Joe E. Heimlich
For centuries, farmers have been plowing stubble from crops back into the soil. Likewise, farmers in many agrarian societies have long used animal manure as fertilizer on their fields. These historic actions provide contemporary society with a base for composting, one of the components of an integrated waste management system.
Composting is the biological reclamation of organic materials by a natural decomposition process. Examples are decay of fallen leaves in forests, decay of wood in a stand and animal carcasses decaying in a preserve. These natural processes in nature return organic material to the ecosystem.
Leaves bagged in the city or food waste from the table are not naturally components of the ecosystem. These components contribute nearly a quarter of the waste going into landfills. Furthermore, the wet quality of food and organic waste in household refuse adds liquid to the waste buried in landfills which can contribute to the potential leachate of the fill. organic wastes are components of our garbage and these items have to be disposed of in the best possible manner.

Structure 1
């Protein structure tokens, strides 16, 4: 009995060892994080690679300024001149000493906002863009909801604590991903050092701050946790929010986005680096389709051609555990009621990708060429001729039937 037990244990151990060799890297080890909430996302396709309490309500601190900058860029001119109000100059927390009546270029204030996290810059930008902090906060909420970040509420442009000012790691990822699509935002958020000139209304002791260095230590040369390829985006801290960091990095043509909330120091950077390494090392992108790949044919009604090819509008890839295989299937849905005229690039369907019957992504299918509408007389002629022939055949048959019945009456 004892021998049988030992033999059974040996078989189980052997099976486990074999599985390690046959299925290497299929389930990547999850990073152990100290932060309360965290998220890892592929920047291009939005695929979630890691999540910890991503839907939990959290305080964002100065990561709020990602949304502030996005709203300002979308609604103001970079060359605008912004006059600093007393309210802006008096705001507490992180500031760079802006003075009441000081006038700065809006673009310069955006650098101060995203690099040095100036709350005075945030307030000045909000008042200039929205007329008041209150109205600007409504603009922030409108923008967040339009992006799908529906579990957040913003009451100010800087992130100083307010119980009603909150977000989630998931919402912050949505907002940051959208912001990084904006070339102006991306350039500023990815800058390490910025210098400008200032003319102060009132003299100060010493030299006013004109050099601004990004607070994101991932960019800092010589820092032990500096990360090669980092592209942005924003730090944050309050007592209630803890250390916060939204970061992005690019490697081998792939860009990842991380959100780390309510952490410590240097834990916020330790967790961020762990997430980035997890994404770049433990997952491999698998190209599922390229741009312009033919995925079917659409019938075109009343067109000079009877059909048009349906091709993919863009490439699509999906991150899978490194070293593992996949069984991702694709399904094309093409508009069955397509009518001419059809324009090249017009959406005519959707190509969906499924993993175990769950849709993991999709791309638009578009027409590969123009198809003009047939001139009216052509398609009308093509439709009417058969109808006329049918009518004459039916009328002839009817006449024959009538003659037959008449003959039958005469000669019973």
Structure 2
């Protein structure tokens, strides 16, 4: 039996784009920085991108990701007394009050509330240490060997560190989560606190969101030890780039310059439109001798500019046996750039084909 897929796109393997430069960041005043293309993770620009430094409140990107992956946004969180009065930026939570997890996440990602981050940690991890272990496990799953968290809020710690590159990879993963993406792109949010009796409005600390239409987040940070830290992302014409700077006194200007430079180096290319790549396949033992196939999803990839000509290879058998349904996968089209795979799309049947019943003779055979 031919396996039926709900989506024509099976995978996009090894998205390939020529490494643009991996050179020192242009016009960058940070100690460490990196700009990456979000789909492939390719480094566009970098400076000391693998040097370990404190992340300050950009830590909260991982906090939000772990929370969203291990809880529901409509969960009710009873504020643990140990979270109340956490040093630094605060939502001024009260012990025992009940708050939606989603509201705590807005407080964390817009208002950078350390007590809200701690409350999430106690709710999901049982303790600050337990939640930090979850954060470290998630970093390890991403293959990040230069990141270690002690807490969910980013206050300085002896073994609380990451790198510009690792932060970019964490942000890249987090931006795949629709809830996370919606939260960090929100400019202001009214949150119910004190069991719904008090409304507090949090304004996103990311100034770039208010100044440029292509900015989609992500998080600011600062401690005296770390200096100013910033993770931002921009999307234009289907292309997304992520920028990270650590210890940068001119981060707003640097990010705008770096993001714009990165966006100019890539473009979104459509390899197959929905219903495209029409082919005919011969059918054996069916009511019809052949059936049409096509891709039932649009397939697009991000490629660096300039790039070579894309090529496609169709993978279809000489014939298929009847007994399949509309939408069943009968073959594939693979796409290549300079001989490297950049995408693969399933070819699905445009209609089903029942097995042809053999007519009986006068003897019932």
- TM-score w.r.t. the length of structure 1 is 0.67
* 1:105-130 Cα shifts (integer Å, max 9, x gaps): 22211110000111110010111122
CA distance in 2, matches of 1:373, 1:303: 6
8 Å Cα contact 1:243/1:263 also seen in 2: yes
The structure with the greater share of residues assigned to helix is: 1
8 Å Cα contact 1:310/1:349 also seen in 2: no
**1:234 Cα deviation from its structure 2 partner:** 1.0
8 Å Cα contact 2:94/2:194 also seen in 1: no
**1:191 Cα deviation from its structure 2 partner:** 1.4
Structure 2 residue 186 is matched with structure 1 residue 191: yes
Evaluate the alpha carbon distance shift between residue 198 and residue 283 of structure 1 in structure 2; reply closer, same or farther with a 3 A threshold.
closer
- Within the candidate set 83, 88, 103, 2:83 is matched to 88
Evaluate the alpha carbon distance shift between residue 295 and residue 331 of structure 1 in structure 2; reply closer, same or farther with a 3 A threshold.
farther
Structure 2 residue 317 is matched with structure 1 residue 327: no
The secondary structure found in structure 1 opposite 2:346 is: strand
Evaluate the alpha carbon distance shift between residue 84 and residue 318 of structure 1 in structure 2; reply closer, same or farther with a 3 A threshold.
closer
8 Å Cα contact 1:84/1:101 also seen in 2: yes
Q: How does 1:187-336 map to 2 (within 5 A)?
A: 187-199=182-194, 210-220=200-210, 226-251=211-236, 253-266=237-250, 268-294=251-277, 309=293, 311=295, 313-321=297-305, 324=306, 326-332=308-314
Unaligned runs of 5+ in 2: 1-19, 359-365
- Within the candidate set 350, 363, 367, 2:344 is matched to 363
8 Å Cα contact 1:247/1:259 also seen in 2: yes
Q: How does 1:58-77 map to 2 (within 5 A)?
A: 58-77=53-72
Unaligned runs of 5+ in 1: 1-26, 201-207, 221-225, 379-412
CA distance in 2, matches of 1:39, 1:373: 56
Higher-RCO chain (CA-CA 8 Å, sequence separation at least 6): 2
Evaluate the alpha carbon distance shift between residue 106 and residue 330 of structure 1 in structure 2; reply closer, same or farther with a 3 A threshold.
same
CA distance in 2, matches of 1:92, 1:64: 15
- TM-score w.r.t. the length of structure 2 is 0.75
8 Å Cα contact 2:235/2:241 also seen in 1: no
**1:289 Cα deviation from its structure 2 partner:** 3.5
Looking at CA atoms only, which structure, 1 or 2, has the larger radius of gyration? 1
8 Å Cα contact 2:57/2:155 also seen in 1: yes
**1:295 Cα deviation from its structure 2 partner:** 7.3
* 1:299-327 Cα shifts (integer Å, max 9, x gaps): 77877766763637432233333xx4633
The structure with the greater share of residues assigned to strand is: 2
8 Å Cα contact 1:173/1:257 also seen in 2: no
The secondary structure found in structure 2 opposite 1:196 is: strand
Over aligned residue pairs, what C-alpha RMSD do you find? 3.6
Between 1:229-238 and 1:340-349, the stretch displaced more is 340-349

The organics in the nation's trash basket arc a mixed lot. Yard wastes include grass clippings. fallen leaves, garden and flower bed plant remains, weeds, Christmas trees. and trimmings from hedges. Food wastes are perhaps the most common and visible of organic wastes in household trash. Also included in organic waste are paper, wood scraps. and some fiber materials.
Yard wastes alone contribute between 15 and 20 percent of the solid waste generated by a city This includes household bagging of leaves and discarded Christmas trees. leaf collection programs, utility company tree trimmings. and refuse from parks departments.
Most urban organic waste currently goes into landfills where it occupies valuable space and adds direct costs of as much as $60/ton for collection, hauling and disposal. If urban organic wastes were not landfilled, there would be six full years of life remaining for every five years of landfill life currently projected. It makes sense to remove the organic materials from waste going to landfills.